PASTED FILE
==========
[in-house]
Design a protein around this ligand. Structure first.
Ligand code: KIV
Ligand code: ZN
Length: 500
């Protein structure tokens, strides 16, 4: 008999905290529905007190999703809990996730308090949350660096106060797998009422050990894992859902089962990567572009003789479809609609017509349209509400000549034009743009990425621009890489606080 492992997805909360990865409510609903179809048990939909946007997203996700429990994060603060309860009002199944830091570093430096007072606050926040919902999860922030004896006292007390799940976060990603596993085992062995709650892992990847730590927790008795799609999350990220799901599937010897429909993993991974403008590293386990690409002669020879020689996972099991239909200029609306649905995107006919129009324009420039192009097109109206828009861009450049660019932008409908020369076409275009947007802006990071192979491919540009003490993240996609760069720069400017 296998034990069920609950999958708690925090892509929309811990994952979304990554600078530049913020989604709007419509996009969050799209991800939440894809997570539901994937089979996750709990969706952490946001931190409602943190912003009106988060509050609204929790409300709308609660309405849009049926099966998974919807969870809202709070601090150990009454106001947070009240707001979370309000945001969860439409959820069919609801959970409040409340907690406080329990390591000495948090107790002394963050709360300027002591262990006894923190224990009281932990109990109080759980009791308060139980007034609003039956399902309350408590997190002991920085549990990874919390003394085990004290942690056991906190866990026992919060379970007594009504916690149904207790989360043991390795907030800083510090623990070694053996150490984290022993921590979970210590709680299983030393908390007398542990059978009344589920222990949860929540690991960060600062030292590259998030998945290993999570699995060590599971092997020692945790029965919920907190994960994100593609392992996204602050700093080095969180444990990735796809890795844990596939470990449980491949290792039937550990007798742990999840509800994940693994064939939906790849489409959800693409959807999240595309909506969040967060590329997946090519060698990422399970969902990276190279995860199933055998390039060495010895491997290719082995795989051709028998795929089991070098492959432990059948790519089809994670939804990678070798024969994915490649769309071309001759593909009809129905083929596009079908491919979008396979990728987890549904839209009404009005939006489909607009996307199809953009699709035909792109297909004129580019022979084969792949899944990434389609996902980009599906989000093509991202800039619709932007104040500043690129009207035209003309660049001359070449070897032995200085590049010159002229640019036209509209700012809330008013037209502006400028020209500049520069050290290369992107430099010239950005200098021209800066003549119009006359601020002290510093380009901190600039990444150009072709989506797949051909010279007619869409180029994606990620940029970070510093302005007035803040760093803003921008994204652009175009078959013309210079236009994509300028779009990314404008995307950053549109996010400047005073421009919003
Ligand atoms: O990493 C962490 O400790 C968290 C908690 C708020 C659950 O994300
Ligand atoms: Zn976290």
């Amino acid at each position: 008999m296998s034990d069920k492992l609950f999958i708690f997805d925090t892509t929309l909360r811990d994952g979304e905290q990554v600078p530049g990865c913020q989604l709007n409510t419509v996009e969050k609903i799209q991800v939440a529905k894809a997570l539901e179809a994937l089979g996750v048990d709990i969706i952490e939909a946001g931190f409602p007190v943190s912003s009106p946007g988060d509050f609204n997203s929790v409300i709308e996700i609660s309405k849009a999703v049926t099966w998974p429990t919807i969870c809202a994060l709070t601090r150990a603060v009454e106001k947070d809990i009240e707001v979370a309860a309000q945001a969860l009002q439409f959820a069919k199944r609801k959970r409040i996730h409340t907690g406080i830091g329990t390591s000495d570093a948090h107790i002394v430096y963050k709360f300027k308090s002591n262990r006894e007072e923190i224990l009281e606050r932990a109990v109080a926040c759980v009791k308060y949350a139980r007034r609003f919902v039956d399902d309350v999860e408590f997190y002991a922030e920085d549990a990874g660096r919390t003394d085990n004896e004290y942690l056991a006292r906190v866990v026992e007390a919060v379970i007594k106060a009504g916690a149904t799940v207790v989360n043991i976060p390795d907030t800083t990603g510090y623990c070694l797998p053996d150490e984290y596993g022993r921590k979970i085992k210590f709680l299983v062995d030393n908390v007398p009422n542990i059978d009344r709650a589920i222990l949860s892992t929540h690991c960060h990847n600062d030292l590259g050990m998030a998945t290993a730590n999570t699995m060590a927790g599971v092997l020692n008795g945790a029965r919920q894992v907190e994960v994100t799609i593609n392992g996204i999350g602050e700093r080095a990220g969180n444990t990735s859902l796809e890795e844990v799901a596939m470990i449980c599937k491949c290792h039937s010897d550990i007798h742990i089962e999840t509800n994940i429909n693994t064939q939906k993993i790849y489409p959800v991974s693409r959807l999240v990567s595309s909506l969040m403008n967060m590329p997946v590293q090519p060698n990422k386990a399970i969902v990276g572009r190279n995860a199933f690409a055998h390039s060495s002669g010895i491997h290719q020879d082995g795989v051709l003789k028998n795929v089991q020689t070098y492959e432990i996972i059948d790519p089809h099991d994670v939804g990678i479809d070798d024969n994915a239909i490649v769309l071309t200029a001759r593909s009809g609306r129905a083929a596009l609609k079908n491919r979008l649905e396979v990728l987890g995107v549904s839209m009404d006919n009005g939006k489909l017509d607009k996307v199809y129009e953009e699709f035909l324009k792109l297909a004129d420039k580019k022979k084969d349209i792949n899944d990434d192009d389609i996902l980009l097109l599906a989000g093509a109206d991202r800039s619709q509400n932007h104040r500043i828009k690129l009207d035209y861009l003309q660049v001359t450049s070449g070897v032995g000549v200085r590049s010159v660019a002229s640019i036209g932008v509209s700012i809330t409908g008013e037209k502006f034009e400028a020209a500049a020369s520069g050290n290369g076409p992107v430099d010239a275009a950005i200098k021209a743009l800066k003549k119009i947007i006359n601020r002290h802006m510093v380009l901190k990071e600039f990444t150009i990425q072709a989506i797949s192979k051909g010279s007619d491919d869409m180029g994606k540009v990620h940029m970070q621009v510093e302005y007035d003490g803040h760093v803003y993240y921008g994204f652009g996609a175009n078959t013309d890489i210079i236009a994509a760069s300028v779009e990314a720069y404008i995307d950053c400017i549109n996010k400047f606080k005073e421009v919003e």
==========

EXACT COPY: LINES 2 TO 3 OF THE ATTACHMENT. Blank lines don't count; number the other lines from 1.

Design a protein around this ligand. Structure first.
Ligand code: KIV